Before I bombard you with an endless list of chores for this month, I want to make sure you take the time to appreciate this fall. It has been one of the finest I can remember.
We can thank the warm summer and dry fall for the most fantastic parade of oranges, yellows, reds and purples that I have ever seen. The lack of a heavy frost has also allowed those colorful leaves to hang around much longer, so enjoy them while they last. It just doesn’t get any better than this.
Now, on to the gardener’s November to-do list:
Roses: Remember to prune “hip high in the fall, knee high in the spring.” Climbing roses need to be secured to their trellis and the long canes shortened up just a little bit. After pruning and thoroughly cleaning around the base of the rose, apply some lime and then pile up some mulch about 10 to 12 inches high to protect the graft union from a really ugly winter.
Lawns: It’s too late to do any hardcore overhauling, but you should absolutely apply lime and a slow release organic fertilizer. Normally, trying to control weeds like buttercup and clover would be a waste of time in November, but some weed killers will actually work in temperatures as low as 45 degrees. Keep that in mind if you are overrun with these nasty interlopers.
Fruit trees: Don’t do any pruning yet, but rather practice “good housekeeping” by raking all the leaves underneath them and applying a dormant spray to control insects and diseases. Copper combined with horticultural oil is easy to use and is relatively nontoxic.
Vegetables: Now is your last chance to plant garlic. Some gardeners like to plant a “cover crop” this time of year and then plow it under come spring, but I prefer to broadcast some lime and then cover the soil with an inch of fresh compost. This will keep the weeds down and improve the soil by spring.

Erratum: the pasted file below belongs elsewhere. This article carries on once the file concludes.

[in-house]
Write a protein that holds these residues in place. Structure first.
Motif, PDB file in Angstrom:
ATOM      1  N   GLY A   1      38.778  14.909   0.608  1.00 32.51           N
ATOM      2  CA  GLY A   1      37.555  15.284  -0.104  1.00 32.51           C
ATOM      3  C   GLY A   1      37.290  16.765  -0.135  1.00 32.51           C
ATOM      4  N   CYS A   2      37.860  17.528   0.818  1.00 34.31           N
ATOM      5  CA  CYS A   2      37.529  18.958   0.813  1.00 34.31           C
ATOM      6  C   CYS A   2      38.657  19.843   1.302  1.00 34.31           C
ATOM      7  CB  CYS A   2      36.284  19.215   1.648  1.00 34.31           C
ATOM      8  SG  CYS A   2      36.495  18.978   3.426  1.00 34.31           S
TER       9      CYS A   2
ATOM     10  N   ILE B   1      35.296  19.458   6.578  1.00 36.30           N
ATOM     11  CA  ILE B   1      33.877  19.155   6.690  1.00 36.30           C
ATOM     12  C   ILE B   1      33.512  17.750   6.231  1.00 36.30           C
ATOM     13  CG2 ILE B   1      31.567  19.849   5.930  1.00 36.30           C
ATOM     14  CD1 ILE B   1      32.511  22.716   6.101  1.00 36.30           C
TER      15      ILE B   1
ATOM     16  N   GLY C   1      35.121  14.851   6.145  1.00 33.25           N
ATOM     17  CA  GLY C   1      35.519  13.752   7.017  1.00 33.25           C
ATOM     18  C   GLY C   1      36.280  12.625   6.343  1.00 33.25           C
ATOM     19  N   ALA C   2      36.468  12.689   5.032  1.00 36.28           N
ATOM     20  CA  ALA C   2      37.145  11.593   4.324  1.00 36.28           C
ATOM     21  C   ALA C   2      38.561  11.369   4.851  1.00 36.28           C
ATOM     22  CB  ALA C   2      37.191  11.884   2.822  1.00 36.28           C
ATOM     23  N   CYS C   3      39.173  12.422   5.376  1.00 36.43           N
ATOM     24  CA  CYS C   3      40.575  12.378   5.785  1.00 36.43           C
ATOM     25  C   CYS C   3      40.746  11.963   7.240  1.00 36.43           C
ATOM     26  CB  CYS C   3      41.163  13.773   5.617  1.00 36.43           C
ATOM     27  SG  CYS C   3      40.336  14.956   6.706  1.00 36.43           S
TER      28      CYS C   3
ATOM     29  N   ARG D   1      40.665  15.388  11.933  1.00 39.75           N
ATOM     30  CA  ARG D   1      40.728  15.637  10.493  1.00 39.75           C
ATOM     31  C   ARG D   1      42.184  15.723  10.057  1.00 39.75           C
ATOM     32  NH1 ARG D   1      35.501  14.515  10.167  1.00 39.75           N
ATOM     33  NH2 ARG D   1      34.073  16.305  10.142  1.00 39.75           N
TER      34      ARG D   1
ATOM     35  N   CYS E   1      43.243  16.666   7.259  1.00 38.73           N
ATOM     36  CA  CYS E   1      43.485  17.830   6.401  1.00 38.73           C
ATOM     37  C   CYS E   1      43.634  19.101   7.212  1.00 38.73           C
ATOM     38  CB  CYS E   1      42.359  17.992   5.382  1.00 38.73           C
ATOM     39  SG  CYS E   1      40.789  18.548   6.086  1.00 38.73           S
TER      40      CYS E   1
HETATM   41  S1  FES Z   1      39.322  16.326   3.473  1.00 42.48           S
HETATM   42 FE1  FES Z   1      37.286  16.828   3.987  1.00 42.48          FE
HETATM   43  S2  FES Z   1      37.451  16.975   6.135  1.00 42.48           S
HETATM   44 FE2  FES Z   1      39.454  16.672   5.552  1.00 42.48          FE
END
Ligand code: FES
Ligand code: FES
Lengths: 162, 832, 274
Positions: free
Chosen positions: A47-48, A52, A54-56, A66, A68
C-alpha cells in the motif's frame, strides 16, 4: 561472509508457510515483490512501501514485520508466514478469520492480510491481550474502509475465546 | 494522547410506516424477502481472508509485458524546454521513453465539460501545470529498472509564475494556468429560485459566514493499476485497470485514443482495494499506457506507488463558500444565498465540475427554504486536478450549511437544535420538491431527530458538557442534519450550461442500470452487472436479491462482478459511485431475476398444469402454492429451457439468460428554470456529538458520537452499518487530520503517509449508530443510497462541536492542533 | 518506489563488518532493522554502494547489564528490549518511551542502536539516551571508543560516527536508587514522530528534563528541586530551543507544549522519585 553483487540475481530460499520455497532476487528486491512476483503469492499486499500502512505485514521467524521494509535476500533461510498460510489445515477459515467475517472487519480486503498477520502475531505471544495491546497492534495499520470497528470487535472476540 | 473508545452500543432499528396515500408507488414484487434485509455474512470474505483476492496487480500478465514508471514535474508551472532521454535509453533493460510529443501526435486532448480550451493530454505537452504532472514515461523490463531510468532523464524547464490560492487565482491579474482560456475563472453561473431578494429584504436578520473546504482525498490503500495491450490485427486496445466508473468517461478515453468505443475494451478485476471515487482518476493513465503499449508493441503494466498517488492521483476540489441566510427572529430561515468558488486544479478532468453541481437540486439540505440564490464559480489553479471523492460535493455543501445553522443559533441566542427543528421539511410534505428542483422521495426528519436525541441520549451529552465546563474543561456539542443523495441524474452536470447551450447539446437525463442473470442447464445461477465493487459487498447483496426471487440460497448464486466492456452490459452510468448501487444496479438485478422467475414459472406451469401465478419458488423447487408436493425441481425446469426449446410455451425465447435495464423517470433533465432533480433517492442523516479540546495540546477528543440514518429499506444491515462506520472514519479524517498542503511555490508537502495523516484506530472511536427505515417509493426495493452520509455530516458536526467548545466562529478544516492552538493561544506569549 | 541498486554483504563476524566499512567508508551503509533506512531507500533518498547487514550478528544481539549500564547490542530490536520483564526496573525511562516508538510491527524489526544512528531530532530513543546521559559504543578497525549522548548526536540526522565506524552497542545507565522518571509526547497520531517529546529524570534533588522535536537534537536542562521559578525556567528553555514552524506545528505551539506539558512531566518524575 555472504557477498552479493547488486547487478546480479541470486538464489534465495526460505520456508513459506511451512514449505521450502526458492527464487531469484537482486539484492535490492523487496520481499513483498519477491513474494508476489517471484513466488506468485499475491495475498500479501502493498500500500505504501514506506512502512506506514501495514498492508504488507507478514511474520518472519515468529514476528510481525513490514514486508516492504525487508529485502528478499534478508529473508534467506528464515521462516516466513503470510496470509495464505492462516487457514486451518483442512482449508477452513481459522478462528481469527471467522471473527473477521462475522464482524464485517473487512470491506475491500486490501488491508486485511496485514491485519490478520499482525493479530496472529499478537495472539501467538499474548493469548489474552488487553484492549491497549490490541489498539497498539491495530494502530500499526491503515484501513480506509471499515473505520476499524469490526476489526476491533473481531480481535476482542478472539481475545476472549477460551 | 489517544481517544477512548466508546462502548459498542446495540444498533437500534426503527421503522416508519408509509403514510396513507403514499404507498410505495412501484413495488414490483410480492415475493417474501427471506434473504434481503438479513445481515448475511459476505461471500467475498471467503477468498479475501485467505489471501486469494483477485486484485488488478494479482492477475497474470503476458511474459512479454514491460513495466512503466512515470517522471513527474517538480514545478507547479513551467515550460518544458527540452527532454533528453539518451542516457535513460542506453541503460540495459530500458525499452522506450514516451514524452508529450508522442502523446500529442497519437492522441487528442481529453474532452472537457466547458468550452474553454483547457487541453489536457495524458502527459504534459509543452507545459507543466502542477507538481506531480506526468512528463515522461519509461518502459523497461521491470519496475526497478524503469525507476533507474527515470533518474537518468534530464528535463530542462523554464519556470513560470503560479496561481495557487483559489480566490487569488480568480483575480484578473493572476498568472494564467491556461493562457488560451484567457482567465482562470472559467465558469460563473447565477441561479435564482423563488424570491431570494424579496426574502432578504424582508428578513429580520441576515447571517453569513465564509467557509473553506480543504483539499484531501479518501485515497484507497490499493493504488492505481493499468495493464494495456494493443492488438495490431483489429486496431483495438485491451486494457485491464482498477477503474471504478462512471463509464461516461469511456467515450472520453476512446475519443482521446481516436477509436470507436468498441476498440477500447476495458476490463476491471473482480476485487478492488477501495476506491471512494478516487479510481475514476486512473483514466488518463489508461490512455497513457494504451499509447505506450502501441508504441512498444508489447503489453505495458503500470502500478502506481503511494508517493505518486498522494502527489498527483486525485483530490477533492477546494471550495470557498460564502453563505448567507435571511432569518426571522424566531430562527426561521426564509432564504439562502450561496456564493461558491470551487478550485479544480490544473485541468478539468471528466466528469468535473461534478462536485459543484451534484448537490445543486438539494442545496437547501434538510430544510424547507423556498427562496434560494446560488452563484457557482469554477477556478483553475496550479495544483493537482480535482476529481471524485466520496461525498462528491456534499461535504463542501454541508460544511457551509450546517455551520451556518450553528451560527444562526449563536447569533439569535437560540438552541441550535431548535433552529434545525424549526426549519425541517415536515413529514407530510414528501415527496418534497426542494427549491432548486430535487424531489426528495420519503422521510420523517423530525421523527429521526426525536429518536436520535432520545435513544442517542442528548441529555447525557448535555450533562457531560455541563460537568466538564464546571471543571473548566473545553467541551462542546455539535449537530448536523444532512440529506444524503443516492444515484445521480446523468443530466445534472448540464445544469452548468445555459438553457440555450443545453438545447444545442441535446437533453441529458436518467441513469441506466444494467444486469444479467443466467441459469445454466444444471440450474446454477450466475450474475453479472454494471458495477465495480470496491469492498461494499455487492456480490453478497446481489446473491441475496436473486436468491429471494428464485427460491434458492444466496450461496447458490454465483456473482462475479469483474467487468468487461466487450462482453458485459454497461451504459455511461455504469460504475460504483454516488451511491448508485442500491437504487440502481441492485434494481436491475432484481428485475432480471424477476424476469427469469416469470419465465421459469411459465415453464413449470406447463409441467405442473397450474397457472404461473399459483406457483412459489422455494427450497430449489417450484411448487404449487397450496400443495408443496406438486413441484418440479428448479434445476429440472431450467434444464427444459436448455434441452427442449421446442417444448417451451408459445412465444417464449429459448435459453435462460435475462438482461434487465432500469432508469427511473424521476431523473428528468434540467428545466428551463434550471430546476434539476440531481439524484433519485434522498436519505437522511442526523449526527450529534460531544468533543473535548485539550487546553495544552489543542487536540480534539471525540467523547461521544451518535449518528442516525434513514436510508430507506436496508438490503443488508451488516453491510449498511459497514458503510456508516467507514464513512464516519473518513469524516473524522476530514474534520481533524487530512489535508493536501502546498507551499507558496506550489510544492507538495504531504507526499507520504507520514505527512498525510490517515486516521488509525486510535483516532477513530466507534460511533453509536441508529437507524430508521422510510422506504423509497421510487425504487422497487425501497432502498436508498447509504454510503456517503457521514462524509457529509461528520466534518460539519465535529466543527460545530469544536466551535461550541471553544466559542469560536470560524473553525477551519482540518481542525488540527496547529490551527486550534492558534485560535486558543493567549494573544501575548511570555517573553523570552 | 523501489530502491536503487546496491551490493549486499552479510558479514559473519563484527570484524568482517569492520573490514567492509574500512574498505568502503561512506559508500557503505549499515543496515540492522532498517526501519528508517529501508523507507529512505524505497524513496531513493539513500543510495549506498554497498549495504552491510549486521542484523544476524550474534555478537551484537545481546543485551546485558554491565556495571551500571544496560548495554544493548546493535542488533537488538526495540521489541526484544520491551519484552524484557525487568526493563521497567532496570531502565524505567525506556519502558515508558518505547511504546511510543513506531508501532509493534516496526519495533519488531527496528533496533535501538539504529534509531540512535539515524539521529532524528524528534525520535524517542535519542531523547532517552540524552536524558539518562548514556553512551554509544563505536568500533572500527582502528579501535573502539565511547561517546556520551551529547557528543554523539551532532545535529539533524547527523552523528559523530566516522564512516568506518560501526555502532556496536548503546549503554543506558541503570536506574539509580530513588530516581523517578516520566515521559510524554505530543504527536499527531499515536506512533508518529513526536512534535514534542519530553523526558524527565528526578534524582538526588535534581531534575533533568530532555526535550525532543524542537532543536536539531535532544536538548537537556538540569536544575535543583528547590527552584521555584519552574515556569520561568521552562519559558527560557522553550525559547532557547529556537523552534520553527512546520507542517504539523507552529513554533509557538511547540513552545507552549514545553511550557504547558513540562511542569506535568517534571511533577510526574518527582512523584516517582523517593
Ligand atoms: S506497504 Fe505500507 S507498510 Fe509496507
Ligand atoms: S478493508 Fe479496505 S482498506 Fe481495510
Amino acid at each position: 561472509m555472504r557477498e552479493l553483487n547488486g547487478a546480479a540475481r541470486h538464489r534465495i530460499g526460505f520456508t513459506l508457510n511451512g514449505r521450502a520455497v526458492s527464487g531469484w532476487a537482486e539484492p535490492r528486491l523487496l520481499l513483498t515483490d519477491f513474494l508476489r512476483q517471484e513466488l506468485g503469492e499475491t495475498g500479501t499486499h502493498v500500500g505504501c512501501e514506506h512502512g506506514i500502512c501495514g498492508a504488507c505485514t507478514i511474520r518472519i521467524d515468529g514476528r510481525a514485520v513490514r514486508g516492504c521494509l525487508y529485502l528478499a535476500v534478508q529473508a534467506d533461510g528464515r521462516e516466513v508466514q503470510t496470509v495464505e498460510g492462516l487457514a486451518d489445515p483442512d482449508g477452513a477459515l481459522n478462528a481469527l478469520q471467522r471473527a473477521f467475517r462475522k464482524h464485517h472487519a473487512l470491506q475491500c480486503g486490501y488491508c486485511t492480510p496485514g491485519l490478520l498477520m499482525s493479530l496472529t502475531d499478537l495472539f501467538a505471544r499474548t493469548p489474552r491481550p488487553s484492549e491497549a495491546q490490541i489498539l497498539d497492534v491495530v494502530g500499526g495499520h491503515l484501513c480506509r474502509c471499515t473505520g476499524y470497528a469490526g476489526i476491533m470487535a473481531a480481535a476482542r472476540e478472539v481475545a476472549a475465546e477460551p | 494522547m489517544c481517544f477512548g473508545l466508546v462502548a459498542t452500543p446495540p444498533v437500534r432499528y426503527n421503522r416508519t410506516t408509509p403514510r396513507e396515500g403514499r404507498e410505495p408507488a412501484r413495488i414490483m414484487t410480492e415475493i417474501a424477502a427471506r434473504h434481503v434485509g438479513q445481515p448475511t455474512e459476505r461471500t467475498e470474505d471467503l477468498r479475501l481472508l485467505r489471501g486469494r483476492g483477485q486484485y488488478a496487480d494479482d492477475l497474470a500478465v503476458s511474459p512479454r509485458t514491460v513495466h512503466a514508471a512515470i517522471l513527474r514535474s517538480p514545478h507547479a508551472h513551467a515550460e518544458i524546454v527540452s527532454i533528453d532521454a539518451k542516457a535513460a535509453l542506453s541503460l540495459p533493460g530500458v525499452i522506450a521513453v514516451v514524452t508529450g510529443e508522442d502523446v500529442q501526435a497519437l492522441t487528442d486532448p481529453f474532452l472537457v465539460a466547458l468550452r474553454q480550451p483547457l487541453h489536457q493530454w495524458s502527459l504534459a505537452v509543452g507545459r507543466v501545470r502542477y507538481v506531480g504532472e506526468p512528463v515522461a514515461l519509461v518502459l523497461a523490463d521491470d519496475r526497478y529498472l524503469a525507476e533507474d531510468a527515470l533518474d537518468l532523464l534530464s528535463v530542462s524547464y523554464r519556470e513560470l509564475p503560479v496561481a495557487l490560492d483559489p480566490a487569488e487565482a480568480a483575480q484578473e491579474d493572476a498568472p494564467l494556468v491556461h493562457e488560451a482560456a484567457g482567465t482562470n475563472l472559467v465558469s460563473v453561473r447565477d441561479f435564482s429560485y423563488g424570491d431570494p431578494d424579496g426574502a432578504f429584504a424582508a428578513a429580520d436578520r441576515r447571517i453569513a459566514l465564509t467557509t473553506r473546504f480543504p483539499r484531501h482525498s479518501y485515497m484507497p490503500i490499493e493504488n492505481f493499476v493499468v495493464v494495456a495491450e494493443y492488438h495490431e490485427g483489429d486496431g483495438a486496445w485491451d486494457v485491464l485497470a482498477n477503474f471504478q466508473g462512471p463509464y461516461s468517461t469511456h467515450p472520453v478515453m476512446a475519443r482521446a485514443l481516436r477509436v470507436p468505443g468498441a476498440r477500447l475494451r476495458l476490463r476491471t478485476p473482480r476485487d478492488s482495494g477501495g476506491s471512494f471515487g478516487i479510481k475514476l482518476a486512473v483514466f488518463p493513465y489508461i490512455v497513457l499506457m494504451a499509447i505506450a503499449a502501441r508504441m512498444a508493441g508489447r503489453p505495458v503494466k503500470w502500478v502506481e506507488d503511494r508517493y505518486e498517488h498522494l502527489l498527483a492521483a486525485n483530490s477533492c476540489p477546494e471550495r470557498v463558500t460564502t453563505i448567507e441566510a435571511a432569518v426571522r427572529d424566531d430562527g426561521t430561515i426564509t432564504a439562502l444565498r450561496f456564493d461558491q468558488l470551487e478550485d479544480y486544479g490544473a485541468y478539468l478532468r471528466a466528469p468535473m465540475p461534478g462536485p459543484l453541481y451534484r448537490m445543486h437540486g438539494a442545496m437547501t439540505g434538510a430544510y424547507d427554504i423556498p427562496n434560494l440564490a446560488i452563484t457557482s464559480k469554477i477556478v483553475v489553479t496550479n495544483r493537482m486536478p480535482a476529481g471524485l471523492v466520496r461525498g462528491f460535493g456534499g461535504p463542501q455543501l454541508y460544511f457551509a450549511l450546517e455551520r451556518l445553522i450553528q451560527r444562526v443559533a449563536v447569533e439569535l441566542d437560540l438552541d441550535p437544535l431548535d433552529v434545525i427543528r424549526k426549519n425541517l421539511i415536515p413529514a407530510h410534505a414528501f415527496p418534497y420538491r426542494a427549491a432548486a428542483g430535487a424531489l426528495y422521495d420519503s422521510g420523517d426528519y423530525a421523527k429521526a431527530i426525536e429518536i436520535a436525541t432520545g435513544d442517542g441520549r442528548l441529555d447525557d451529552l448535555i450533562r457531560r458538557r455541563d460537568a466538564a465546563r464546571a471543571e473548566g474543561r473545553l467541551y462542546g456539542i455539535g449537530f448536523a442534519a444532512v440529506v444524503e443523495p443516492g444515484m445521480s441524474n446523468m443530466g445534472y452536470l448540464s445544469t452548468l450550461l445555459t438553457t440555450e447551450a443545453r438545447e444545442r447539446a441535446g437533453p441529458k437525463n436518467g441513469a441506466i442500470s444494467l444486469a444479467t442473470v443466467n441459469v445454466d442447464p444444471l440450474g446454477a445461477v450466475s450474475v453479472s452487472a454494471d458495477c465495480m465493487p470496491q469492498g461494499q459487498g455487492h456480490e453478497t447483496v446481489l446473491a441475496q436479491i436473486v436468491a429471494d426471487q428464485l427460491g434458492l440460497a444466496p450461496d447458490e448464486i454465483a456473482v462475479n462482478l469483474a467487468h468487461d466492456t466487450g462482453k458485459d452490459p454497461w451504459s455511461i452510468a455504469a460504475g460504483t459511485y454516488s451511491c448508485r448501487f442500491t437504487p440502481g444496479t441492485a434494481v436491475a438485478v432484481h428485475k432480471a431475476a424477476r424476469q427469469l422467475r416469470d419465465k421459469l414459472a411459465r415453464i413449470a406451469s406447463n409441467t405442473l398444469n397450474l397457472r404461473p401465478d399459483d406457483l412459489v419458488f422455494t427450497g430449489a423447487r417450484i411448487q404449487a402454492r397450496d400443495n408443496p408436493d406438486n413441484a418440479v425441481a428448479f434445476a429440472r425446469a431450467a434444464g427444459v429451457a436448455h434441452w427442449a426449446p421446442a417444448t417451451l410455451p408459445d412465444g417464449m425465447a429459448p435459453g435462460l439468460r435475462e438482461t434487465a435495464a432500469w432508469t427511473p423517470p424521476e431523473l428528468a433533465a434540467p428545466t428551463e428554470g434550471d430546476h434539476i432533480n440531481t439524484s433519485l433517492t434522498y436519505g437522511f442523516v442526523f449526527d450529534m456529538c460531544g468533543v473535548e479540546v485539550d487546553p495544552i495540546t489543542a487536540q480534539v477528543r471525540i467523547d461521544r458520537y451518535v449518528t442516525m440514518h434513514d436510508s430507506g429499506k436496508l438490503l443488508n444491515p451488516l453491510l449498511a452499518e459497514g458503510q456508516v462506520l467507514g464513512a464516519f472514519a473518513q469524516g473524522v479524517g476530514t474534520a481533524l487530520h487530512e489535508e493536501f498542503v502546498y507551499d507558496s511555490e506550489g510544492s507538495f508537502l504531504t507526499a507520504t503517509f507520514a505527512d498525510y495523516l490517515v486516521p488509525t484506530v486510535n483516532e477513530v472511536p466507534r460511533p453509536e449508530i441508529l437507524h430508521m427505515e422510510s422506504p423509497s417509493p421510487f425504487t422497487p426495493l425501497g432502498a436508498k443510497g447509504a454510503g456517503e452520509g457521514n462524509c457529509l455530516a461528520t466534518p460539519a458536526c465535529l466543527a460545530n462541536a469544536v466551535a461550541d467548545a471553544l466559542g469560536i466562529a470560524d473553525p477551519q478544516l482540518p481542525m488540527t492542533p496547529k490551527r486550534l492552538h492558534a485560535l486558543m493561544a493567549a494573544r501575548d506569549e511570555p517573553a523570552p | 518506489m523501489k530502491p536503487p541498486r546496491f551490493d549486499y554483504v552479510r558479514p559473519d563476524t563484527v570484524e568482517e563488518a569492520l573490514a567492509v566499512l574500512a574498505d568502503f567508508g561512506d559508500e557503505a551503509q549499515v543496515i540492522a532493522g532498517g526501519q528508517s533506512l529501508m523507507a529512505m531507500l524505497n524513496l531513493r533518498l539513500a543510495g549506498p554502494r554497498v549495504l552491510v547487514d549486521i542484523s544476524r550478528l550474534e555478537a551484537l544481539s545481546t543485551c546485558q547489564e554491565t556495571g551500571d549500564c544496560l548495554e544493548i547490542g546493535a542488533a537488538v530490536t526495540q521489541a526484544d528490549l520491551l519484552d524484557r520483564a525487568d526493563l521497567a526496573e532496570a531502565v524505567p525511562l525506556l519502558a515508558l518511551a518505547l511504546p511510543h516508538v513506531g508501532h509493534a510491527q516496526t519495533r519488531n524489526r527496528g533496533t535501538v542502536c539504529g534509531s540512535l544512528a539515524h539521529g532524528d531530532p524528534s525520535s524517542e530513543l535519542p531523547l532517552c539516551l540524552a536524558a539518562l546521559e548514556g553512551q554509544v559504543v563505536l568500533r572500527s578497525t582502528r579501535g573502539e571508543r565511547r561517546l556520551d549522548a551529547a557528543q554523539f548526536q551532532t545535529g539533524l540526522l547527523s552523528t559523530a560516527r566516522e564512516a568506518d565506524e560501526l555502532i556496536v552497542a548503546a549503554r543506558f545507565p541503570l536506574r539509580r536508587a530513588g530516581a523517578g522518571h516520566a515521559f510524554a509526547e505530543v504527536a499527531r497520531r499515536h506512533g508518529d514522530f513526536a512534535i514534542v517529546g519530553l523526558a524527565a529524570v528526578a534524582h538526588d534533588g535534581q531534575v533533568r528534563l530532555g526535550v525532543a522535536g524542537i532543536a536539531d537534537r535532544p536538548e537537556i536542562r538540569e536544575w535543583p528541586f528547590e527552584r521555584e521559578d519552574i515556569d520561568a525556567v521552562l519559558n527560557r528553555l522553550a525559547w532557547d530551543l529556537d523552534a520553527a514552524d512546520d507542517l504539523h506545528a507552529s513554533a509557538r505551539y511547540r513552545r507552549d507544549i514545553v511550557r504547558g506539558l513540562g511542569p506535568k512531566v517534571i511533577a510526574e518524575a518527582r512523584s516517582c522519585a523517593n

Berries: For raspberries and blackberries, it is most important to remove the canes that produced fruit this year (except for ever-bearing varieties). The remaining canes can be shortened up a bit and secured to a wire/trellis system. Blueberries only need a light pruning to remove any dead wood and to shape them. If you had issues with mummy berry this last season, it is absolutely essential that you clean underneath your plants and apply some fresh compost.
Perennials: Tidying up the perennial border is a process for me. It’s always best to let plants die back naturally and at their own pace, but I will often cut back my hostas before they become a slimy mess. I generally leave the rest of my perennials (and ornamental grasses) to their own demise, and tackle them in February when I do my major cleanup. Just make sure the ground is covered with either leaves or mulch, or you will have a major weed problem.
Containers: Container gardening can be so much more than a collection of summer blooming annuals. While I will admit that I empty out and put away a whole bunch of pots for the winter, I always make sure I have a half dozen or so of attractive plantings to lift my spirits during these dark days of winter. Cluster them near your entrance where you will see them every day.
Remember that gardening in the Northwest is really a year-round sport. Check out the “winter players” at your favorite garden center this month.
Steve Smith is the owner of Sunnyside Nursery in Marysville and can be reached at firstname.lastname@example.org.
Attend a free class all about winter pruning at 10 a.m. Nov. 11 and again at 11 a.m. Nov. 12 at Sunnyside Nursery, 3915 Sunnyside Blvd., Marysville. For more information or to sign up, go to www.sunnysidenursery.net.